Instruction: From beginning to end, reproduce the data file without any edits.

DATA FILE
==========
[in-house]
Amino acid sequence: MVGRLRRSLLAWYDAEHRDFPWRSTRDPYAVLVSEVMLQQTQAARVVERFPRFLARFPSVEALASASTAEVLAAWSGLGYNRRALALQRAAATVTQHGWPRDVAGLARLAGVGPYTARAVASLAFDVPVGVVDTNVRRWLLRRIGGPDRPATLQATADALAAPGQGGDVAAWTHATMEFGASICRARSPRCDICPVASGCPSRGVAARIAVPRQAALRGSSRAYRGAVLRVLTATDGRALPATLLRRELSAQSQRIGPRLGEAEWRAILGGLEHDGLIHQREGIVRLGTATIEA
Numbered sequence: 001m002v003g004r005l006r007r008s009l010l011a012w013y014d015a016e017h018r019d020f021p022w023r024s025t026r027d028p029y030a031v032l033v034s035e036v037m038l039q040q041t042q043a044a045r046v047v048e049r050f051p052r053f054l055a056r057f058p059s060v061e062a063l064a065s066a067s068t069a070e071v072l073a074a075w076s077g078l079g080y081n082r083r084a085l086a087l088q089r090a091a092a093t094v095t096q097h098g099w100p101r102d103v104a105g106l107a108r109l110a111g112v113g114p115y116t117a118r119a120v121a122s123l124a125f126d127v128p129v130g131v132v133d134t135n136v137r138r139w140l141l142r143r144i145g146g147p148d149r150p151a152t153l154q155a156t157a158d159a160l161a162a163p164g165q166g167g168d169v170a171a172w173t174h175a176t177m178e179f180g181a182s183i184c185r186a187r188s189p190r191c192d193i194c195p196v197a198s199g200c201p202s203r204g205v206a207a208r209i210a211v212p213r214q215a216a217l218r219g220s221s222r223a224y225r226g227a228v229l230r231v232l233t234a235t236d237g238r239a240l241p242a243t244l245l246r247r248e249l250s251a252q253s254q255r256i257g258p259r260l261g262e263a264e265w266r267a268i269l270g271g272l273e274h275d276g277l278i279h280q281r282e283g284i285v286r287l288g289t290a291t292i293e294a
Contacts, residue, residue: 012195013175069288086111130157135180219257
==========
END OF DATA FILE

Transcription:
[in-house]
Amino acid sequence: MVGRLRRSLLAWYDAEHRDFPWRSTRDPYAVLVSEVMLQQTQAARVVERFPRFLARFPSVEALASASTAEVLAAWSGLGYNRRALALQRAAATVTQHGWPRDVAGLARLAGVGPYTARAVASLAFDVPVGVVDTNVRRWLLRRIGGPDRPATLQATADALAAPGQGGDVAAWTHATMEFGASICRARSPRCDICPVASGCPSRGVAARIAVPRQAALRGSSRAYRGAVLRVLTATDGRALPATLLRRELSAQSQRIGPRLGEAEWRAILGGLEHDGLIHQREGIVRLGTATIEA
Numbered sequence: 001m002v003g004r005l006r007r008s009l010l011a012w013y014d015a016e017h018r019d020f021p022w023r024s025t026r027d028p029y030a031v032l033v034s035e036v037m038l039q040q041t042q043a044a045r046v047v048e049r050f051p052r053f054l055a056r057f058p059s060v061e062a063l064a065s066a067s068t069a070e071v072l073a074a075w076s077g078l079g080y081n082r083r084a085l086a087l088q089r090a091a092a093t094v095t096q097h098g099w100p101r102d103v104a105g106l107a108r109l110a111g112v113g114p115y116t117a118r119a120v121a122s123l124a125f126d127v128p129v130g131v132v133d134t135n136v137r138r139w140l141l142r143r144i145g146g147p148d149r150p151a152t153l154q155a156t157a158d159a160l161a162a163p164g165q166g167g168d169v170a171a172w173t174h175a176t177m178e179f180g181a182s183i184c185r186a187r188s189p190r191c192d193i194c195p196v197a198s199g200c201p202s203r204g205v206a207a208r209i210a211v212p213r214q215a216a217l218r219g220s221s222r223a224y225r226g227a228v229l230r231v232l233t234a235t236d237g238r239a240l241p242a243t244l245l246r247r248e249l250s251a252q253s254q255r256i257g258p259r260l261g262e263a264e265w266r267a268i269l270g271g272l273e274h275d276g277l278i279h280q281r282e283g284i285v286r287l288g289t290a291t292i293e294a
Contacts, residue, residue: 012195013175069288086111130157135180219257